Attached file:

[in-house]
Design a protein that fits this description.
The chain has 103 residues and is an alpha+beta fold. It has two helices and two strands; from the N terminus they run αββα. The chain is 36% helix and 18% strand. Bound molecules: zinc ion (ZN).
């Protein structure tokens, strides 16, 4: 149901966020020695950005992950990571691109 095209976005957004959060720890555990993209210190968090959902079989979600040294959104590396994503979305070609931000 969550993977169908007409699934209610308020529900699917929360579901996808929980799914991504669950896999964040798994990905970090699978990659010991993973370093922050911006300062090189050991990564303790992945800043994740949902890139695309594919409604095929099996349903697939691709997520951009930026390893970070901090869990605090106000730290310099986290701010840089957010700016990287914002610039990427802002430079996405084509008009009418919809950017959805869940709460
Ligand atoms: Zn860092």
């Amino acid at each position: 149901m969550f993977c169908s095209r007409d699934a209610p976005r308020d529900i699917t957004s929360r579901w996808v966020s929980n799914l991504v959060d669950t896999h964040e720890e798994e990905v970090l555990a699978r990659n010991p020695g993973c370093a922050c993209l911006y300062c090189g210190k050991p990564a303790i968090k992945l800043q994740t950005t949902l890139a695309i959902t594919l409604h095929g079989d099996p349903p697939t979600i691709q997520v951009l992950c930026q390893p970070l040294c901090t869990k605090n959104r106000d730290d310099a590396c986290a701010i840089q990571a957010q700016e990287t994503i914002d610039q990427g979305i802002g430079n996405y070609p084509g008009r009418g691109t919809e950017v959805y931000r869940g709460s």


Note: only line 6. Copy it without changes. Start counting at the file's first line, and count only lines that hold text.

């Amino acid at each position: 149901m969550f993977c169908s095209r007409d699934a209610p976005r308020d529900i699917t957004s929360r579901w996808v966020s929980n799914l991504v959060d669950t896999h964040e720890e798994e990905v970090l555990a699978r990659n010991p020695g993973c370093a922050c993209l911006y300062c090189g210190k050991p990564a303790i968090k992945l800043q994740t950005t949902l890139a695309i959902t594919l409604h095929g079989d099996p349903p697939t979600i691709q997520v951009l992950c930026q390893p970070l040294c901090t869990k605090n959104r106000d730290d310099a590396c986290a701010i840089q990571a957010q700016e990287t994503i914002d610039q990427g979305i802002g430079n996405y070609p084509g008009r009418g691109t919809e950017v959805y931000r869940g709460s």